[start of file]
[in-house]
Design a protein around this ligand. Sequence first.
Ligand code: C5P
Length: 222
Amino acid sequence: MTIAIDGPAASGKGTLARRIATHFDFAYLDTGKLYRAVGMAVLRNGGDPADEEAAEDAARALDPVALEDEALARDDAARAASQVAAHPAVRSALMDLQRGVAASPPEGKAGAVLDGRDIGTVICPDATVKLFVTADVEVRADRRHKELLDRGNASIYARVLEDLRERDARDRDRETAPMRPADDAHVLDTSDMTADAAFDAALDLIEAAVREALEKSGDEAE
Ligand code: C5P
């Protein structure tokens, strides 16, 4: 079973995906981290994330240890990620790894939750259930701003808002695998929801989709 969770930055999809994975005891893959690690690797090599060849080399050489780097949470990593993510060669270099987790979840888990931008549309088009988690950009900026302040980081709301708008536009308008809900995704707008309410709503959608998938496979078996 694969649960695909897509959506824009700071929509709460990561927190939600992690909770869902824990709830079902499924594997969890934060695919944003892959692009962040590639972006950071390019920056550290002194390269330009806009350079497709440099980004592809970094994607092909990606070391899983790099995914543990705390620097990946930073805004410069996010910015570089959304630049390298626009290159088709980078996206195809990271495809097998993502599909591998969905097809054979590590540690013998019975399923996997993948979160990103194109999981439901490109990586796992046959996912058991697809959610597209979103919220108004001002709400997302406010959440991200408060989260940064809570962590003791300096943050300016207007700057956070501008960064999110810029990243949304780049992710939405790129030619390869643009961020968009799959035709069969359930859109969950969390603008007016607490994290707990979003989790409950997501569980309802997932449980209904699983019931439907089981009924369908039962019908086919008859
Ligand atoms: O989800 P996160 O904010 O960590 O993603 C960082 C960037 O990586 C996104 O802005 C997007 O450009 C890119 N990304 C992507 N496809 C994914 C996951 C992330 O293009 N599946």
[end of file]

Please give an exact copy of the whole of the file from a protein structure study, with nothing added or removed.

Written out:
[in-house]
Design a protein around this ligand. Sequence first.
Ligand code: C5P
Length: 222
Amino acid sequence: MTIAIDGPAASGKGTLARRIATHFDFAYLDTGKLYRAVGMAVLRNGGDPADEEAAEDAARALDPVALEDEALARDDAARAASQVAAHPAVRSALMDLQRGVAASPPEGKAGAVLDGRDIGTVICPDATVKLFVTADVEVRADRRHKELLDRGNASIYARVLEDLRERDARDRDRETAPMRPADDAHVLDTSDMTADAAFDAALDLIEAAVREALEKSGDEAE
Ligand code: C5P
């Protein structure tokens, strides 16, 4: 079973995906981290994330240890990620790894939750259930701003808002695998929801989709 969770930055999809994975005891893959690690690797090599060849080399050489780097949470990593993510060669270099987790979840888990931008549309088009988690950009900026302040980081709301708008536009308008809900995704707008309410709503959608998938496979078996 694969649960695909897509959506824009700071929509709460990561927190939600992690909770869902824990709830079902499924594997969890934060695919944003892959692009962040590639972006950071390019920056550290002194390269330009806009350079497709440099980004592809970094994607092909990606070391899983790099995914543990705390620097990946930073805004410069996010910015570089959304630049390298626009290159088709980078996206195809990271495809097998993502599909591998969905097809054979590590540690013998019975399923996997993948979160990103194109999981439901490109990586796992046959996912058991697809959610597209979103919220108004001002709400997302406010959440991200408060989260940064809570962590003791300096943050300016207007700057956070501008960064999110810029990243949304780049992710939405790129030619390869643009961020968009799959035709069969359930859109969950969390603008007016607490994290707990979003989790409950997501569980309802997932449980209904699983019931439907089981009924369908039962019908086919008859
Ligand atoms: O989800 P996160 O904010 O960590 O993603 C960082 C960037 O990586 C996104 O802005 C997007 O450009 C890119 N990304 C992507 N496809 C994914 C996951 C992330 O293009 N599946």